Wednesday, September 1, 2010

Reality Stinks

My poor Columbian Wyandotte suffered a horrific injury last Thursday. She got tangled in some trellis netting that I had left on the ground, major guilt here. I was not home at the time this happened. When I did arrive home I thought it odd that my turkey had a bloody beak. There were no signs of anything amiss. After several hours Aaron found the hen. I was so upset and thought that the trellis had ripped her scalp off in her struggle to get free. When faced with an emergency I "just do" and later after the fact crumble. Never had I an injury so awful with any of my children, not even a broken arm. This was horrific and all my fault.

She was still alive, barely. Very stunned and her left eye would not open. What to do, what to do???? She was so traumatized that I did not want to run water over her head. Her scalp was completely gone. It dawned on me that it was the turkey who brutally attacked her, while her neck was tangled. I set up an ICU in the house. But had no idea how to help her. She could not drink on her own. I tried a bit of gatorade in a jar cap. She took a few sips. Her right eye opened but she was so "shell shocked" she did not seem aware of her surroundings.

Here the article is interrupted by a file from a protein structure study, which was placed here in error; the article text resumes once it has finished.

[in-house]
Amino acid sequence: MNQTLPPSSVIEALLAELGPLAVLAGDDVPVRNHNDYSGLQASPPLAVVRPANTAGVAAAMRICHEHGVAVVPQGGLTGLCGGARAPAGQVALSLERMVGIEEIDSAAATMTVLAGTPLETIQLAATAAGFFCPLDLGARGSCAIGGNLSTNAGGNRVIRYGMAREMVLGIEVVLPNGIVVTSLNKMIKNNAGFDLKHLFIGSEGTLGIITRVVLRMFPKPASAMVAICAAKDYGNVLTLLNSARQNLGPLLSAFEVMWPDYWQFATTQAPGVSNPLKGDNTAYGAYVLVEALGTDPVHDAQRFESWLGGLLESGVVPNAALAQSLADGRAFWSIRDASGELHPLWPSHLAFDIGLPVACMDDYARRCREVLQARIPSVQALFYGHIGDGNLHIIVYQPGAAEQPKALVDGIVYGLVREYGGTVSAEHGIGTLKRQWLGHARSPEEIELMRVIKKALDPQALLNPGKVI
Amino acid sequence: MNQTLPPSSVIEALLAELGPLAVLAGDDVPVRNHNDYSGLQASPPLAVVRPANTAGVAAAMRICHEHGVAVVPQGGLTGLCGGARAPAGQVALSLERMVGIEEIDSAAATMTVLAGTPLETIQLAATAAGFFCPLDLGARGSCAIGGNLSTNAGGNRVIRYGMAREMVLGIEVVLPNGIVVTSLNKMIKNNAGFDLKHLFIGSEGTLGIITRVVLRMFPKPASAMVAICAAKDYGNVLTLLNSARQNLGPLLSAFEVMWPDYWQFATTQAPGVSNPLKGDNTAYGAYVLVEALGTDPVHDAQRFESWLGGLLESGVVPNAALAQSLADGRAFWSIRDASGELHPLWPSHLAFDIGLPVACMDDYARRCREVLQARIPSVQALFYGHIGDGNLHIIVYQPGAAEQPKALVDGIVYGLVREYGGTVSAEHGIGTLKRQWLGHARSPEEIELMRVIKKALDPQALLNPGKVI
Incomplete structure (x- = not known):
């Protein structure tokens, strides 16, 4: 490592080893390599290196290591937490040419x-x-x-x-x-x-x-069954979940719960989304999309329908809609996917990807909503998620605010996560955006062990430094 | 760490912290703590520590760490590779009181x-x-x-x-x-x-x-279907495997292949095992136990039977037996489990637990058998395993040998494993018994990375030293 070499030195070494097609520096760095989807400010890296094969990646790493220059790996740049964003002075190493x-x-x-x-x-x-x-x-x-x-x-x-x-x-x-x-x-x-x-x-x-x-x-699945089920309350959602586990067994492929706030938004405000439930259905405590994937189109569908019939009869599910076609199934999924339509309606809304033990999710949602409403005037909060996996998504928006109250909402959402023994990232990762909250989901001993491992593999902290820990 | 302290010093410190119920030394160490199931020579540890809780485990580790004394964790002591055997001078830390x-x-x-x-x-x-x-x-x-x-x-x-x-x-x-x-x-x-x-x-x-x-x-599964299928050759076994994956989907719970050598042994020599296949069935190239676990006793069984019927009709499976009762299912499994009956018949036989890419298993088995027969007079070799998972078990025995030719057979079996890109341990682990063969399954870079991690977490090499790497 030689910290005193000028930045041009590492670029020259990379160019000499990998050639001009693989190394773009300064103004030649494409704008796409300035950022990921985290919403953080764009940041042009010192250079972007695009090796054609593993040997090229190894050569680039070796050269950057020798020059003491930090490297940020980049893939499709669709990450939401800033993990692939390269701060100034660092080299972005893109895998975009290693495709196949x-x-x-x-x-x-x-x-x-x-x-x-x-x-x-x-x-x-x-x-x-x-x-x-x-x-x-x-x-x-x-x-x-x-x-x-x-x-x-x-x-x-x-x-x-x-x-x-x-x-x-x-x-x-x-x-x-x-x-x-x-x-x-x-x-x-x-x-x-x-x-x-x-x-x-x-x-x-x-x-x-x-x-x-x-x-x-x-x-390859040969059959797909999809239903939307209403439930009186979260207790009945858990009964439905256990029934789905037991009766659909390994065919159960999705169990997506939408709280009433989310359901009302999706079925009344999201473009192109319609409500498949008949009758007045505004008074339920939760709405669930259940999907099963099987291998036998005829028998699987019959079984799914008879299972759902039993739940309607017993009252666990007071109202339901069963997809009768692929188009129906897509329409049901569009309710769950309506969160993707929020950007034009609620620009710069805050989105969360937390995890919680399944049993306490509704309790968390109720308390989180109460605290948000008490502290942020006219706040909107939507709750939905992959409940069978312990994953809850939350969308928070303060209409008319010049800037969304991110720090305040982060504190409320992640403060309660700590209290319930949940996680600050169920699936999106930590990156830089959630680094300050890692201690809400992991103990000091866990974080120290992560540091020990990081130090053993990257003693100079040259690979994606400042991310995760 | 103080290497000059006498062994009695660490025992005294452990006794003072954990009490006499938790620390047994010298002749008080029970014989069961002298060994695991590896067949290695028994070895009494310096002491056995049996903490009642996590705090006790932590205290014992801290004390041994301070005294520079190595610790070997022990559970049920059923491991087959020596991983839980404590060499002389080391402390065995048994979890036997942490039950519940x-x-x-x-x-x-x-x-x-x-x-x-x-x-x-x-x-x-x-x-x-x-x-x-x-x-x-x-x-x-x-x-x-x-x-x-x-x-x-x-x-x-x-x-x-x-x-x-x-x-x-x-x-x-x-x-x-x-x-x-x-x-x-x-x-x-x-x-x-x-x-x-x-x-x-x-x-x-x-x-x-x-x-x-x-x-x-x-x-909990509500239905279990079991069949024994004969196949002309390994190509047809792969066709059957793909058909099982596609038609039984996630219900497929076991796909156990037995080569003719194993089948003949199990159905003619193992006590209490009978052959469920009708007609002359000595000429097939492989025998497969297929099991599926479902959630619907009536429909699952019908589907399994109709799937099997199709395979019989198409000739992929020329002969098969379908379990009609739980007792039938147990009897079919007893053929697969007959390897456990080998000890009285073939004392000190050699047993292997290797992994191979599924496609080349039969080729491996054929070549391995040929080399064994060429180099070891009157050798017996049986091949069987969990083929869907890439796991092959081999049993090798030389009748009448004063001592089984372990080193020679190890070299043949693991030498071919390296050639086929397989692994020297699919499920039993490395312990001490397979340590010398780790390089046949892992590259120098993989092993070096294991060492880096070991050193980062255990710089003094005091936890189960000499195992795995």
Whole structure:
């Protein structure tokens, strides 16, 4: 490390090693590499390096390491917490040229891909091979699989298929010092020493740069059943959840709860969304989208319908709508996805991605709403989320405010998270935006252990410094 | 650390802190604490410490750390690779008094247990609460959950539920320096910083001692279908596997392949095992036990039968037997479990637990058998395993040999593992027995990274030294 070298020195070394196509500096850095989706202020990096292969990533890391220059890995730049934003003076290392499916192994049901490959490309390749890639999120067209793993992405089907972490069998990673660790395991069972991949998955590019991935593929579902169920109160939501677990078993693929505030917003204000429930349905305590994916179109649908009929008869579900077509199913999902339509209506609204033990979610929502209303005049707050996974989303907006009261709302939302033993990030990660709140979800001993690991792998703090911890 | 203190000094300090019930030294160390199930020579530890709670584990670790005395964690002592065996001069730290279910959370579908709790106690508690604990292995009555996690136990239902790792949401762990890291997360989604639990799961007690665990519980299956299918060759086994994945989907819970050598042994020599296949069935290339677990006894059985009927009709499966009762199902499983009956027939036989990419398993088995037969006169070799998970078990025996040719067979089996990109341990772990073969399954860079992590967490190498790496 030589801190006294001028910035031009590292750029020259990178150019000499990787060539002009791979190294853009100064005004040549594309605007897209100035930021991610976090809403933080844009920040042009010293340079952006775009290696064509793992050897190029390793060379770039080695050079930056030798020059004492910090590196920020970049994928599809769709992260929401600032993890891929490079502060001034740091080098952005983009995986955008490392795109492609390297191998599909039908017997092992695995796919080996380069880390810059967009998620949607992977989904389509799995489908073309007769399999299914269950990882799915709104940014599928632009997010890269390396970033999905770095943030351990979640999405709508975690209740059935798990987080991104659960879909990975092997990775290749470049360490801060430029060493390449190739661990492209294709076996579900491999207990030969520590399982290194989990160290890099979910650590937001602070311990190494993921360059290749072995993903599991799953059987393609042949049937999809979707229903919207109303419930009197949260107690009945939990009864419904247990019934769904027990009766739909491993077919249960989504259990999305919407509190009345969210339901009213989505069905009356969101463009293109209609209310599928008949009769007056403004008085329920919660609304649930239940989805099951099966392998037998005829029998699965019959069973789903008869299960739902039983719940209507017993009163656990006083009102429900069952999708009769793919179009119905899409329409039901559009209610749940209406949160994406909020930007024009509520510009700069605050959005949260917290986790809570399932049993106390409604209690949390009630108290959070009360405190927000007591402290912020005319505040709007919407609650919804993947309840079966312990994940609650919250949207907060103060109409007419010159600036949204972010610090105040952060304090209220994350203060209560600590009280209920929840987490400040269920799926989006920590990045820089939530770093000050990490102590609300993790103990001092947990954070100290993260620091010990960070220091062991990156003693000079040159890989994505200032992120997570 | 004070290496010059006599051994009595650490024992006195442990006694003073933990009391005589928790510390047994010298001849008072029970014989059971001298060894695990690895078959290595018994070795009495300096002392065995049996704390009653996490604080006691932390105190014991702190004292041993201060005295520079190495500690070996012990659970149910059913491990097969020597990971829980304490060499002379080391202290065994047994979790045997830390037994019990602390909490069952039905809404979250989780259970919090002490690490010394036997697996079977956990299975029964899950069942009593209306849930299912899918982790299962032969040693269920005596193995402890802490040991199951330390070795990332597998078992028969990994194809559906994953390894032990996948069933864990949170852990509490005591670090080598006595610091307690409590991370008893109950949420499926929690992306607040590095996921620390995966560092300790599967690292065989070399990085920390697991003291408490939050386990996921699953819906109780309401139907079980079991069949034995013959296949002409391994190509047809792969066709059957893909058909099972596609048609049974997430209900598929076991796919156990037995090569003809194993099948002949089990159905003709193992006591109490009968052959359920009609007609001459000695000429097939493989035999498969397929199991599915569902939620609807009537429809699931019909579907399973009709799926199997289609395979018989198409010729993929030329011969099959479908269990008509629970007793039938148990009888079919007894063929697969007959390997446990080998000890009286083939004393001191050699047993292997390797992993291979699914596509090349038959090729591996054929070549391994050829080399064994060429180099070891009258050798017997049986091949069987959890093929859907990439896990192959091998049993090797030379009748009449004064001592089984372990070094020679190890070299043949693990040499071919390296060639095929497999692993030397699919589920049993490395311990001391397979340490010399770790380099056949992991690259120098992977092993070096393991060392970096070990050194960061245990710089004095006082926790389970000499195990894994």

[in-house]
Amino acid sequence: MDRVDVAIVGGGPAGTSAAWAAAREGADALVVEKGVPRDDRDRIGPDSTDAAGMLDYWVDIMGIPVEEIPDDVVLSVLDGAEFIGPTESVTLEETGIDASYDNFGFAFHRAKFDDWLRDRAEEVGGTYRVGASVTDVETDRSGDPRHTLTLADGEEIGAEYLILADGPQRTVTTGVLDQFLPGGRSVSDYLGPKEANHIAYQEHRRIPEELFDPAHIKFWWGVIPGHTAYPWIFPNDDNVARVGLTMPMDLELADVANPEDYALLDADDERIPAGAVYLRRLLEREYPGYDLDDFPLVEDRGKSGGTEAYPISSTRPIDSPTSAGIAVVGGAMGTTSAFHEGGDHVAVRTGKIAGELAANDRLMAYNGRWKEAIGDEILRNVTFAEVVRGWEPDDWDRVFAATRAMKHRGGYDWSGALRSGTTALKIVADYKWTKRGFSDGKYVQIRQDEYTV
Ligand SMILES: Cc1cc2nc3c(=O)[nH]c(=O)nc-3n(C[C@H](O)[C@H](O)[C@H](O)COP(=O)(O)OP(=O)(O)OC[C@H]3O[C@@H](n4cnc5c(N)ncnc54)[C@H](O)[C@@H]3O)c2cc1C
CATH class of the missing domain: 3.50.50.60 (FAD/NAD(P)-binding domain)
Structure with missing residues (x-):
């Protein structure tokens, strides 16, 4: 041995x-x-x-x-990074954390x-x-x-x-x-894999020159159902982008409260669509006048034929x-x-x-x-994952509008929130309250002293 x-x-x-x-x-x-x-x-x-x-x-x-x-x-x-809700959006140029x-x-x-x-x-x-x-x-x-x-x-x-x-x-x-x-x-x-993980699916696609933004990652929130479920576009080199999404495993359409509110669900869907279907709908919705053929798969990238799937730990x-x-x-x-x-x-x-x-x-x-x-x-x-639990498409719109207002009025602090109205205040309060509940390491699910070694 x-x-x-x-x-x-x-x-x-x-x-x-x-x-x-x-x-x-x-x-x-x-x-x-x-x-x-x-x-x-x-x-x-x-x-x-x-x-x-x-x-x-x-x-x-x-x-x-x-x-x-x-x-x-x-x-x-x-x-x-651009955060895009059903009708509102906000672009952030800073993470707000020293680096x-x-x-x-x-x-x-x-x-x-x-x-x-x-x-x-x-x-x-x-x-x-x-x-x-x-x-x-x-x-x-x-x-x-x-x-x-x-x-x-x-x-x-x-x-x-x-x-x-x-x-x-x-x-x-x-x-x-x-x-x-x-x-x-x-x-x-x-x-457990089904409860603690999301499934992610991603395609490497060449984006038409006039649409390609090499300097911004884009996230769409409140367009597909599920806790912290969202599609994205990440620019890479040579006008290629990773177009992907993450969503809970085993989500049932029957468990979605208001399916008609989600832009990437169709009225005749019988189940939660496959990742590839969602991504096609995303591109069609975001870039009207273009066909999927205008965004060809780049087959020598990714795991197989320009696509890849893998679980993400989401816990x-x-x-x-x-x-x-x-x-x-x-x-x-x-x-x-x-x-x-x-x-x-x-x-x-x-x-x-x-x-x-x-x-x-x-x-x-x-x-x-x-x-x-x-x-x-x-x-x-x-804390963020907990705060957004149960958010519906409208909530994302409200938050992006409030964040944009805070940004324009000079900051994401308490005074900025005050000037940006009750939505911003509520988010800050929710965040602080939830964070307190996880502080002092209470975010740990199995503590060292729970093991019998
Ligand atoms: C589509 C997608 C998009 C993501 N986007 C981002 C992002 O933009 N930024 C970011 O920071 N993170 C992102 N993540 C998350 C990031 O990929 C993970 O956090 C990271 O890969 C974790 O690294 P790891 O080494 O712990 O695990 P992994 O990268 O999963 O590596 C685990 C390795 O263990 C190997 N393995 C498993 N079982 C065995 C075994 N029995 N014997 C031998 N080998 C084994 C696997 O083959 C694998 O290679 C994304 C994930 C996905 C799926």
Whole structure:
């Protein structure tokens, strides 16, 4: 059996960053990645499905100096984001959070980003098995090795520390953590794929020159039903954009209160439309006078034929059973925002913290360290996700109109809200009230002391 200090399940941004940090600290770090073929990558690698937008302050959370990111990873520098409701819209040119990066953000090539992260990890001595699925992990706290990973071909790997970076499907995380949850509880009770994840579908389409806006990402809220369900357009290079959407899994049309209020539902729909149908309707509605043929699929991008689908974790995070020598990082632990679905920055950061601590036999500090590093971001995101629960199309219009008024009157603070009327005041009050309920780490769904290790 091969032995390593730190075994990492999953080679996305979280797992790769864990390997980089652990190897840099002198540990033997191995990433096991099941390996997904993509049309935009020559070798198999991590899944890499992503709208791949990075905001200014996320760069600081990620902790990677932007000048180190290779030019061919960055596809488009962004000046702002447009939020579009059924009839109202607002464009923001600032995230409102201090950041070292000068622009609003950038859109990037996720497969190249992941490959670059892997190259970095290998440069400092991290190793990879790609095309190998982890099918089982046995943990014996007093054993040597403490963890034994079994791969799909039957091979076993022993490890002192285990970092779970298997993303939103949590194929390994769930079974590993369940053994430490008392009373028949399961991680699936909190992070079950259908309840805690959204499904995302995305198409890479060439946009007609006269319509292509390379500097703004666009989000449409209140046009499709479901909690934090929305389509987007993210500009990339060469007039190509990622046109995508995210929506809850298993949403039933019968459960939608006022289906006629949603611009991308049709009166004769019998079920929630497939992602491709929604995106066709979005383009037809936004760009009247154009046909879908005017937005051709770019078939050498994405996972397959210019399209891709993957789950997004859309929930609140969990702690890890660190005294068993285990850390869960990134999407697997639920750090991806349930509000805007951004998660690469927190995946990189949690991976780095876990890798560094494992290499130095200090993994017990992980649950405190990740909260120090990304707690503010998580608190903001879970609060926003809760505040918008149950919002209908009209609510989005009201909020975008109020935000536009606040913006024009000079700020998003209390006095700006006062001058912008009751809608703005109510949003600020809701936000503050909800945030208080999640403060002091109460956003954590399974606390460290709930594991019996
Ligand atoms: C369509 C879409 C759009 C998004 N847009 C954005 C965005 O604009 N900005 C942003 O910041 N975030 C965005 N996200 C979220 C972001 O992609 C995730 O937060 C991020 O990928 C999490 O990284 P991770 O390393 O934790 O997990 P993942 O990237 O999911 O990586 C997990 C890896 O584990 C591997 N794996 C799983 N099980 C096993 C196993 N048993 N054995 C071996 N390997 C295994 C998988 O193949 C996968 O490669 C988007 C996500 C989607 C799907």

She survived the night and the next day. On Sunday she was eating wet mash on her own, but I noticed her right eyelid was starting to swell. She could hear, was alert and seemed to be on the mend. Monday her eye was worse. Tuesday she was in bad shape. In retrospect I think if I had got her some antibiotics right away she would have not developed the eye problem.

Several people said to put her down, but when she perked up and improved I felt so hopeful. The thought of killing her was not easy. First off I had only butchered one chicken, and that was using a killing cone. Def not the way to put her out of her misery. I also did not want to cause her any more suffering by botching the job. In the end it was a farmer friend who came and helped. He raises chickens and there is a specific humane way of turning their necks which severs the spinal cord quickly. He was very kind and gentle with her and I saw her suffer no more.

This part of the "circle of life" is one of the most disturbing parts of raising animals. In retrospect I think I should have done it immediately upon finding her.

2 comments:

Leon said...

It's such a tough call eh! We had two chickens that we had to say good-bye to over the winter. We tried nursing them for a few days:

(http://littlehomesteadinthevalley.blogspot.com/2010/12/wind-damage.html)

...but you just know when enough is enough. Still, the perils of winter seem to be finally over now...

Lana at www.FarmLifeLessons.blogspot.com said...

Hard, Hard part of farming life. Not easy. But, you did your best. I think guilt is always there because we feel like everything is in our control, but often, it is not. Glad you had such a great neighbor.

I'll be back to read more very soon.

Lana
www.FarmLifeLessons.blogspot.com